Macadamia integrifolia or macadamia nut originates from Australia. The macadamian nut tree is also called baphalnut or Australian nut.
This plant was discovered by John Macadam around 1850. He is family of the Proteaceae and belongs to the dicotyledon.
The Macadamia integrifolia is evergreen, the leaves are dark green and shiny.
There are 9 different species of the nut, such as Macadamia integrifolia, M. claudiensis, M. grandis, M. hildebrandii, M. jansenii, M. whelanii, M. neurophylla and M. tetraphylla.
Only two of these are interesting for their tasty edible nut and that is the Macadamia integrifolia and the Macadamia tetraphylla.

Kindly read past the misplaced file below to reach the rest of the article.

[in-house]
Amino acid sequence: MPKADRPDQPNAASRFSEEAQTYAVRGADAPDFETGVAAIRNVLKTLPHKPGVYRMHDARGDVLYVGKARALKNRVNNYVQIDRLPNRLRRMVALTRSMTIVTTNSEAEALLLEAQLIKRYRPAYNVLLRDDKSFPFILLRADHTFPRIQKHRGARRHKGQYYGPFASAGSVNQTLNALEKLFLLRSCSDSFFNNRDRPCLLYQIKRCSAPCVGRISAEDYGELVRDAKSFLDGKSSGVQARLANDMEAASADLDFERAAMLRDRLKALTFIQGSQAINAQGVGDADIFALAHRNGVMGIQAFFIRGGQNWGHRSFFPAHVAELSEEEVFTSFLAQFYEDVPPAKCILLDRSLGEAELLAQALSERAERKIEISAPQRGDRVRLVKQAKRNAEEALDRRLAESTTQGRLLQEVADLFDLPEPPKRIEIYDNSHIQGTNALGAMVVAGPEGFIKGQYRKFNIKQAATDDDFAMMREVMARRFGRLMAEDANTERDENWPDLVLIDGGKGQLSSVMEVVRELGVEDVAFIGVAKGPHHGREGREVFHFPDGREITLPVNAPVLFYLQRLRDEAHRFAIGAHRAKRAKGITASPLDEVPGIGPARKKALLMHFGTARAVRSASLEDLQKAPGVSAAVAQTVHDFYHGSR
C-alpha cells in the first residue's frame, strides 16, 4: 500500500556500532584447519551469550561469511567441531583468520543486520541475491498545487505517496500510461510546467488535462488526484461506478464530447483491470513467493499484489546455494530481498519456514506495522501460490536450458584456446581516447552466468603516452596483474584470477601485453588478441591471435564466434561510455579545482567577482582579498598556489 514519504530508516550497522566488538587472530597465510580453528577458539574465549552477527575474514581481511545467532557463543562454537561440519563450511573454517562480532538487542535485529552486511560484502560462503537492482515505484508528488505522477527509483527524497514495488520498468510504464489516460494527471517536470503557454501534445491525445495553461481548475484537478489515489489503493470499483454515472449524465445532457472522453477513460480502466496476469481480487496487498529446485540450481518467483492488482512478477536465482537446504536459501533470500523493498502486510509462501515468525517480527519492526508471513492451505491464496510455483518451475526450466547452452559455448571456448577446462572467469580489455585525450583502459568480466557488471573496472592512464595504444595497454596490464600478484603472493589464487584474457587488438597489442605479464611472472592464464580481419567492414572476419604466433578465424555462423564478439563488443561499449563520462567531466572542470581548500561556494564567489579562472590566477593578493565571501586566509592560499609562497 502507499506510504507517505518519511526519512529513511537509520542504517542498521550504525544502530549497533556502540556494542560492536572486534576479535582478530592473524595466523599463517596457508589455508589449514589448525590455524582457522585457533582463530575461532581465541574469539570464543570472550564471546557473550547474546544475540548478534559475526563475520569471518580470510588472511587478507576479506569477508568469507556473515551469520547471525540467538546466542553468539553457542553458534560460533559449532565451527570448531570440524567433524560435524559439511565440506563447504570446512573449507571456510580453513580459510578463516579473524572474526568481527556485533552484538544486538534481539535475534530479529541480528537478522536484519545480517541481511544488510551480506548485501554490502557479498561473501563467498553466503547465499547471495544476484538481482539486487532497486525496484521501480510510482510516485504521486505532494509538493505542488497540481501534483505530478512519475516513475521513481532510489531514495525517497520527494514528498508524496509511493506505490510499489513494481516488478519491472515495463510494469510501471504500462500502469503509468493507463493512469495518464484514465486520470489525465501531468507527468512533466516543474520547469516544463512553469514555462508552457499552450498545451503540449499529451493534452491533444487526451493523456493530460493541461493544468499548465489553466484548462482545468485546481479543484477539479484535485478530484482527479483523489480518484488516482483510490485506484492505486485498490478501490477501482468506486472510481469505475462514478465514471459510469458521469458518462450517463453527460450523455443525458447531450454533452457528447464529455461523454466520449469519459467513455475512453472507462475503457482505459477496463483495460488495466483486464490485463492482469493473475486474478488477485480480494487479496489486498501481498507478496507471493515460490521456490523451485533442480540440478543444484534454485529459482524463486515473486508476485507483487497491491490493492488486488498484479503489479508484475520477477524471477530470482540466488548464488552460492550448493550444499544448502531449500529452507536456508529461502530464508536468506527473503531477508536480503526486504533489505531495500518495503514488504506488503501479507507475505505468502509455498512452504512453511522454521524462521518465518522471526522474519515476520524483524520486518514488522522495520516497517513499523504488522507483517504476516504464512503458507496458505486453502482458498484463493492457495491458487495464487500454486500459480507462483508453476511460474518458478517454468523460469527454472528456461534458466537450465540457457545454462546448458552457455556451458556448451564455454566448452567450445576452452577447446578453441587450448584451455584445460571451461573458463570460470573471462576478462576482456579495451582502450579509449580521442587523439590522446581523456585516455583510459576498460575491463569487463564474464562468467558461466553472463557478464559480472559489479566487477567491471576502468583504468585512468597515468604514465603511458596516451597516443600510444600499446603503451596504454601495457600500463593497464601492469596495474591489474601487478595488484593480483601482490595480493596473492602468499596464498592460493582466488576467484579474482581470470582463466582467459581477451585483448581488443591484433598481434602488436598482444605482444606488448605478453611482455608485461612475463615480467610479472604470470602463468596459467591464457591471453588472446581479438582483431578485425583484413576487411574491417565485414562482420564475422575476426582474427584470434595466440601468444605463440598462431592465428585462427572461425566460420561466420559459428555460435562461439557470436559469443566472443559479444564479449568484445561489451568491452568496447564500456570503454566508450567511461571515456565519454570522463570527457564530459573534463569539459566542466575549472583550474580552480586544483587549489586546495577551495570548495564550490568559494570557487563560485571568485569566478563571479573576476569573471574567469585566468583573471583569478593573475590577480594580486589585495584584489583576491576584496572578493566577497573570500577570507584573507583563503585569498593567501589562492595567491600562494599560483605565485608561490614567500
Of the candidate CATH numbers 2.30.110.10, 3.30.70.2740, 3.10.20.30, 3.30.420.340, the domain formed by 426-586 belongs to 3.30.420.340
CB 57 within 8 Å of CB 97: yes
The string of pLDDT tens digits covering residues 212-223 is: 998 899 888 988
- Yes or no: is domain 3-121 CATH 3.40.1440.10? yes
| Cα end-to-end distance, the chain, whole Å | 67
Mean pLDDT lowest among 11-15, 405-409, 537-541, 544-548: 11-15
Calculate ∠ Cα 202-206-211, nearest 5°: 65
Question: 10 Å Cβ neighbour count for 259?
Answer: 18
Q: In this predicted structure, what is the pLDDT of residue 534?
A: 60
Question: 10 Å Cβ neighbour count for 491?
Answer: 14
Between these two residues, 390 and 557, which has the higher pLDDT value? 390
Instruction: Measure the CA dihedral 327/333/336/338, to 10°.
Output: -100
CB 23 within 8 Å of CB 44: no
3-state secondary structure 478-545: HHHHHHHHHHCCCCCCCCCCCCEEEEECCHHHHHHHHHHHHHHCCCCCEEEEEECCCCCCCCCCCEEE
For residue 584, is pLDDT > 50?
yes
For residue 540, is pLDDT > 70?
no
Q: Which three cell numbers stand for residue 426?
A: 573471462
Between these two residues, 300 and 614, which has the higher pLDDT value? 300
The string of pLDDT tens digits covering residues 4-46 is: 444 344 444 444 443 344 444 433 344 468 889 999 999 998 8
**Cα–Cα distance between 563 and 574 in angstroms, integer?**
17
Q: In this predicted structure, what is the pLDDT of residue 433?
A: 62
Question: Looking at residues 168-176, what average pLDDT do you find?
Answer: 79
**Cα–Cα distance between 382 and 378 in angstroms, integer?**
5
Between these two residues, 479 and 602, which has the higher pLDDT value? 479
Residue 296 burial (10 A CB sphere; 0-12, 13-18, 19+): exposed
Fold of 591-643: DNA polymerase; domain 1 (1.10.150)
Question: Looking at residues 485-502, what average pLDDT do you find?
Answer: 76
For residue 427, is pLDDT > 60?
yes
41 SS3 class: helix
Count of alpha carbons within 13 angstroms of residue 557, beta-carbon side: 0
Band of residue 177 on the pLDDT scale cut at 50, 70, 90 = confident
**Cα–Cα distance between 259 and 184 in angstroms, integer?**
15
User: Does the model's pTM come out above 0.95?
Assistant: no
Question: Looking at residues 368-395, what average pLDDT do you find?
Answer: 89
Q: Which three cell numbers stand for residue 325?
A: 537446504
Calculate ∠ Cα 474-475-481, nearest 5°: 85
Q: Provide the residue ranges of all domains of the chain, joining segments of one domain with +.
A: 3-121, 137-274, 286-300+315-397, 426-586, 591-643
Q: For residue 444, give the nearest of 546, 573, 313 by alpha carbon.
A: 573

The other species contain unsavory notes.
The blossom is white in color and hangs down in bunches and blooms mid-spring.
Trees of 5 years and older get the fruit set after the blossom and can deliver the first nuts.
In cultivation, besides the fact that the nuts are such a delicacy for consumption and very nutritious, oil is also extracted from them.
This oil is widely used for skin oil as an alternative to mink oil.
The macadamia nut is best kept in a tub and cool in the winter. Allow little water until the weather becomes warmer in the spring. The macadamia nut is drought-tolerant.
Also, pruning is no problem if the plant becomes too large.
Older plants can tolerate a few degrees more frost, zone 9a -5ºC.
Winter hardiness zone 9b (-3ºC).